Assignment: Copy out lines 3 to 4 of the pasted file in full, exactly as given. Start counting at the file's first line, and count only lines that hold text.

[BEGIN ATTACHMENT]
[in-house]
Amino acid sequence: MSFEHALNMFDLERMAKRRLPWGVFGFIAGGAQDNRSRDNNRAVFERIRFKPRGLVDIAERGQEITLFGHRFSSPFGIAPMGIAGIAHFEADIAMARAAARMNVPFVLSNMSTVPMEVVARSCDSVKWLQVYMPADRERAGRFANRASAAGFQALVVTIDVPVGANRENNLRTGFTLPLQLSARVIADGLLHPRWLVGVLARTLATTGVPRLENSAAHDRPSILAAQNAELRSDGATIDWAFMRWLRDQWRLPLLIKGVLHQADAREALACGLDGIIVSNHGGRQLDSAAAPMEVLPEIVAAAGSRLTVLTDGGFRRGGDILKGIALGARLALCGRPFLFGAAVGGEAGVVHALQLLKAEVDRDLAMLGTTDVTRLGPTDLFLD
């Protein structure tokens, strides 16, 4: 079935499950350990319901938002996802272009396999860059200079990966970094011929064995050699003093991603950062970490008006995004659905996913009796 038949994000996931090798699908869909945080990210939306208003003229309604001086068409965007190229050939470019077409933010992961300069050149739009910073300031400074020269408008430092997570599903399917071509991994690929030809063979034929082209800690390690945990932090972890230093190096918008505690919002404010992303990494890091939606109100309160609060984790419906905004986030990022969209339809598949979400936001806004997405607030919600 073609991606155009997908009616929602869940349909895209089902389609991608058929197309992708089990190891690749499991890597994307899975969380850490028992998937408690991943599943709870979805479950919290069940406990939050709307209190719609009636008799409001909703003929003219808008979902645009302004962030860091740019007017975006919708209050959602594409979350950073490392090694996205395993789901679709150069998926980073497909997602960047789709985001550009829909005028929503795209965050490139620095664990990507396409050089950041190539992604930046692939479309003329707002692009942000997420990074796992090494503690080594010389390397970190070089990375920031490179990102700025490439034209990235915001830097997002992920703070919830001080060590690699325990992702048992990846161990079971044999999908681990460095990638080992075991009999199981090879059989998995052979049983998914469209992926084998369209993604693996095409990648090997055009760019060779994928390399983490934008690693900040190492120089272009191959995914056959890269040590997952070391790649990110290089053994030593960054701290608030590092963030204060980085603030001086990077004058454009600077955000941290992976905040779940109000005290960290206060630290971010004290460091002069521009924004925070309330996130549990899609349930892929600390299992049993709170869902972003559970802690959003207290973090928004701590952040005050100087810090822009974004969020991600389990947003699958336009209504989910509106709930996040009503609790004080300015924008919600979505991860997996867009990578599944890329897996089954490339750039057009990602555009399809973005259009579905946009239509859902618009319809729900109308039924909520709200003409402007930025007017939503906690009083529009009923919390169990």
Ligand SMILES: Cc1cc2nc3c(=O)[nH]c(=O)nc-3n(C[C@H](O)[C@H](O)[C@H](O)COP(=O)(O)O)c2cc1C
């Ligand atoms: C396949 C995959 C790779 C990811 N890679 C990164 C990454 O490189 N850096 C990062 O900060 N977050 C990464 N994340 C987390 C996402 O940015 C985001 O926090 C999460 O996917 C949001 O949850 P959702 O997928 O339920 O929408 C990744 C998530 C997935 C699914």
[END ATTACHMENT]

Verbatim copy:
């Protein structure tokens, strides 16, 4: 079935499950350990319901938002996802272009396999860059200079990966970094011929064995050699003093991603950062970490008006995004659905996913009796 038949994000996931090798699908869909945080990210939306208003003229309604001086068409965007190229050939470019077409933010992961300069050149739009910073300031400074020269408008430092997570599903399917071509991994690929030809063979034929082209800690390690945990932090972890230093190096918008505690919002404010992303990494890091939606109100309160609060984790419906905004986030990022969209339809598949979400936001806004997405607030919600 073609991606155009997908009616929602869940349909895209089902389609991608058929197309992708089990190891690749499991890597994307899975969380850490028992998937408690991943599943709870979805479950919290069940406990939050709307209190719609009636008799409001909703003929003219808008979902645009302004962030860091740019007017975006919708209050959602594409979350950073490392090694996205395993789901679709150069998926980073497909997602960047789709985001550009829909005028929503795209965050490139620095664990990507396409050089950041190539992604930046692939479309003329707002692009942000997420990074796992090494503690080594010389390397970190070089990375920031490179990102700025490439034209990235915001830097997002992920703070919830001080060590690699325990992702048992990846161990079971044999999908681990460095990638080992075991009999199981090879059989998995052979049983998914469209992926084998369209993604693996095409990648090997055009760019060779994928390399983490934008690693900040190492120089272009191959995914056959890269040590997952070391790649990110290089053994030593960054701290608030590092963030204060980085603030001086990077004058454009600077955000941290992976905040779940109000005290960290206060630290971010004290460091002069521009924004925070309330996130549990899609349930892929600390299992049993709170869902972003559970802690959003207290973090928004701590952040005050100087810090822009974004969020991600389990947003699958336009209504989910509106709930996040009503609790004080300015924008919600979505991860997996867009990578599944890329897996089954490339750039057009990602555009399809973005259009579905946009239509859902618009319809729900109308039924909520709200003409402007930025007017939503906690009083529009009923919390169990």
Ligand SMILES: Cc1cc2nc3c(=O)[nH]c(=O)nc-3n(C[C@H](O)[C@H](O)[C@H](O)COP(=O)(O)O)c2cc1C